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Games At Work: How to Recognize and Reduce Office Politics Hardcover – April 20, 2009


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Games At Work: How to Recognize and Reduce Office Politics + Secrets to Winning at Office Politics: How to Achieve Your Goals and Increase Your Influence at Work + 21 Dirty Tricks at Work: How to Beat the Game of Office Politics
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Product Details

  • Hardcover: 256 pages
  • Publisher: Jossey-Bass; 1 edition (April 20, 2009)
  • Language: English
  • ISBN-10: 0470262001
  • ISBN-13: 978-0470262009
  • Product Dimensions: 8.7 x 5.9 x 1.2 inches
  • Shipping Weight: 11.2 ounces (View shipping rates and policies)
  • Average Customer Review: 4.5 out of 5 stars  See all reviews (16 customer reviews)
  • Amazon Best Sellers Rank: #798,942 in Books (See Top 100 in Books)

Editorial Reviews

Review

"There's nothing funny about mind games in the workplace, say the authors of this sober-minded guide to understanding underhanded office maneuvers. Simply waking up to games people play and rejecting them is a big part of the battle for executives, say the authors."
—Andrea Sachs, TIME magazine, April 30, 2009

From the Inside Flap

As long as people have worked together, they have engaged in political games. Motivated by short-term gains—promotions, funding for a project, budget increases, status with the boss—people misuse their time and energy. Today, when many organizations are fighting for their lives and scarce resources there is increased stress and anxiety, and employees are engaging in games more intensely than ever before.

Organizational experts Mauricio Goldstein and Philip Read argue that office games—those manipulative behaviors that distract employees from achieving their mission—are both conscious and unconscious. They can and should be effectively minimized. In Games at Work, the authors offer tools to diagnose the most common games that people play and outline a three-step process to effectively deal with them. Some of the games they explore include:

  • Gotcha: identifying and communicating others' mistakes in an effort to win points from higher-ups
  • Gossip: engaging in the classic rumor mill to gain political advantage

  • Sandbagging: purposely low-balling sales forecasts as a negotiating ploy

  • Gray Zone: deliberately fostering ambiguity or lack of clarity about who should do what to avoid accountability

Filled with real-world, entertaining examples of games in action, Games at Work is an invaluable resource for managers and all professionals who want to substitute straight talk for games in their organizations and boost productivity, commitment, innovation, and—ultimately—the bottom line.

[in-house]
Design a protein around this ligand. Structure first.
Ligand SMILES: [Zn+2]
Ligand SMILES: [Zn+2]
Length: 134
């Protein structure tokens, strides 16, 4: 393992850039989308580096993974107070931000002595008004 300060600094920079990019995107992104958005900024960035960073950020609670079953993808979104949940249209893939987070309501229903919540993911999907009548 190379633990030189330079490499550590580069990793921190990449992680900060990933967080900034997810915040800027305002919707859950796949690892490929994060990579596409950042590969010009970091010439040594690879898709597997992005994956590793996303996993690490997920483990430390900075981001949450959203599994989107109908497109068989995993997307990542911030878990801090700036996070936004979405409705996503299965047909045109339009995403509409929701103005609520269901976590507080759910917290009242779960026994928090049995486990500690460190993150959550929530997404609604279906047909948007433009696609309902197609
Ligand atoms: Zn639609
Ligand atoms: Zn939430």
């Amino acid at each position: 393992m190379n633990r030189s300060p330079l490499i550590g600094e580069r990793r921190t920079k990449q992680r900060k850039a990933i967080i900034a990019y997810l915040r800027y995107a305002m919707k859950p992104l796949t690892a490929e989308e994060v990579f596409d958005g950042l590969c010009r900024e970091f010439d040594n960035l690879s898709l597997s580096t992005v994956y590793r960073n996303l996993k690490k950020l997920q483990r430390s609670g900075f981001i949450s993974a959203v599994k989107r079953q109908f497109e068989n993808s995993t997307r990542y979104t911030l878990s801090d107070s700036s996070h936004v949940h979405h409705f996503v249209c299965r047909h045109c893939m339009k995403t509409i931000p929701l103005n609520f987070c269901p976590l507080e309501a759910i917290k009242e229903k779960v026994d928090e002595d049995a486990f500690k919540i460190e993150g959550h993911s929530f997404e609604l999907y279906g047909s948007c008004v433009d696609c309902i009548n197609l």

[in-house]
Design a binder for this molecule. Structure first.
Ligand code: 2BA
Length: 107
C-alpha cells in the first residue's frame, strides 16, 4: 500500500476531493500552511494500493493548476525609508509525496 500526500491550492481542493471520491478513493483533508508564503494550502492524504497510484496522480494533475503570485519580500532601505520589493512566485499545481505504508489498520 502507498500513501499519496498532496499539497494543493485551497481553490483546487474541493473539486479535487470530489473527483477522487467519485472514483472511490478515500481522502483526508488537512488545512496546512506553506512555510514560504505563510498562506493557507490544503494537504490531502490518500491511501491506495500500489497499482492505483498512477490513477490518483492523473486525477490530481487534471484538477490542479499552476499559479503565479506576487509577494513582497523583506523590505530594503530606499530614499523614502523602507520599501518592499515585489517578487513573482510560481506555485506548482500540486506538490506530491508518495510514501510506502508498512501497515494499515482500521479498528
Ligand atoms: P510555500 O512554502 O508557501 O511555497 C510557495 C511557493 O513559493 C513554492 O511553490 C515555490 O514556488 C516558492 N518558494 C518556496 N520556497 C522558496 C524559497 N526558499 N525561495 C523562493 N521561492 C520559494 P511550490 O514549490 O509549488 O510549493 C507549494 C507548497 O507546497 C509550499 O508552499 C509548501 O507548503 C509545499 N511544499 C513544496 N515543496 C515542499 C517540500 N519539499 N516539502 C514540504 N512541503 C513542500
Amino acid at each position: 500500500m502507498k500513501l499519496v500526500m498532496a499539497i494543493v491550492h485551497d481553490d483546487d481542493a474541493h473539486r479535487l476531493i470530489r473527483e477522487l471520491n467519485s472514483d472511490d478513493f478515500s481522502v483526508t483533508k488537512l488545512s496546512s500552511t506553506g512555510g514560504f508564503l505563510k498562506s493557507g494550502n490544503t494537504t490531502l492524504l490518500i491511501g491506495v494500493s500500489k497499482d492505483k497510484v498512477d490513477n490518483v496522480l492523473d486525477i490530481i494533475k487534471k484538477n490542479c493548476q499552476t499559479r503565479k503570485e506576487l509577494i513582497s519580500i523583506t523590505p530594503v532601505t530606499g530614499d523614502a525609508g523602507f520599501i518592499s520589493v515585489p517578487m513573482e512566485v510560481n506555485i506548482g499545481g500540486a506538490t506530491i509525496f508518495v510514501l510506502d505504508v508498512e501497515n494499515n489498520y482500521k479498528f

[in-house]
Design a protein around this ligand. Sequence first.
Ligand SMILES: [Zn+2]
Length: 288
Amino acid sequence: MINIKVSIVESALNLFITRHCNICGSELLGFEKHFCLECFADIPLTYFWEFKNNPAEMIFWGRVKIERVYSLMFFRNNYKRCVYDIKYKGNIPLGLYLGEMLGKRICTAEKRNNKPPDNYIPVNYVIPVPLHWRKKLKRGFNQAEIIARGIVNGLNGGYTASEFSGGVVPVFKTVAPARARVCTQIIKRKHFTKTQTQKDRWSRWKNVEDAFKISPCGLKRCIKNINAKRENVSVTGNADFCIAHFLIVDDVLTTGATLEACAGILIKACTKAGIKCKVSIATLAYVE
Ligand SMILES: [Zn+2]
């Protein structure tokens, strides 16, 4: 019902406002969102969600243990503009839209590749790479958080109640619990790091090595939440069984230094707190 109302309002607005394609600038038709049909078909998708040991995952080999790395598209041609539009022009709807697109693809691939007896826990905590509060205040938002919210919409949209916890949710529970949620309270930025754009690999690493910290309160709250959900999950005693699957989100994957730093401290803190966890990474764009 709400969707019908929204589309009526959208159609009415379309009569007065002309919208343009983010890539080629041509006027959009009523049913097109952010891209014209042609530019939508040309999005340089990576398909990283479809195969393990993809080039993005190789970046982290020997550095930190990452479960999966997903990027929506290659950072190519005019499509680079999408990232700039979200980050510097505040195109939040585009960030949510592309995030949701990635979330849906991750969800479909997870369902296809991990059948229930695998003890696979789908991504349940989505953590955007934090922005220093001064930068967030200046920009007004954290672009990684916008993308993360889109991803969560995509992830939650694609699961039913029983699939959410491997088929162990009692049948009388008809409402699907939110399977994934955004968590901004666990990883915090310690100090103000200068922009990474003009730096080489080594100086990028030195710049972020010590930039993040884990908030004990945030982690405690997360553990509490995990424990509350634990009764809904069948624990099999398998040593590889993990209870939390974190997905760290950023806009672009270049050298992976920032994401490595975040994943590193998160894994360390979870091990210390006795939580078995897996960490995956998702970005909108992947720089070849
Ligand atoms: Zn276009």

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Customer Reviews

4.5 out of 5 stars
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Mind opening for everyone.
Juliana H. Vajda
This is a fascinating read for anyone who works in or with a large organization today.
Reader
Thanks Mr. Goldstein and Mr. Read for this amazing "eye-opener".
Amazon Customer

Most Helpful Customer Reviews

6 of 7 people found the following review helpful By A. Lewkowitz on November 6, 2009
Format: Hardcover
Games at Work help us to increase our awareness on games (conscious and unconscious) played within organizations. Goldstein and Read show their ability to give us insights on identifying and neutralizing these games that are so counterproductive for organizations. At the same time, give us a lot of fun reading it! Great book!
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5 of 6 people found the following review helpful By Juliana H. Vajda on October 12, 2009
Format: Hardcover
I wish Goldstein and Read had written "Games At Work" a few years earlier, while I was still working at a bank in New York City! After reading the book, I could recognize so many situations that, even though went "under the radar", clearly affected all of us, turning the workplace into a battlefield - and a much unnecessary one.

Besides the elucidative definition of the different situations, tricks and traps of the corporate world --and the brilliant ways that one can work around or escape them-- "Games at work" is a fun, catching read!

Mind opening for everyone.
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9 of 12 people found the following review helpful By Reader on May 22, 2009
Format: Hardcover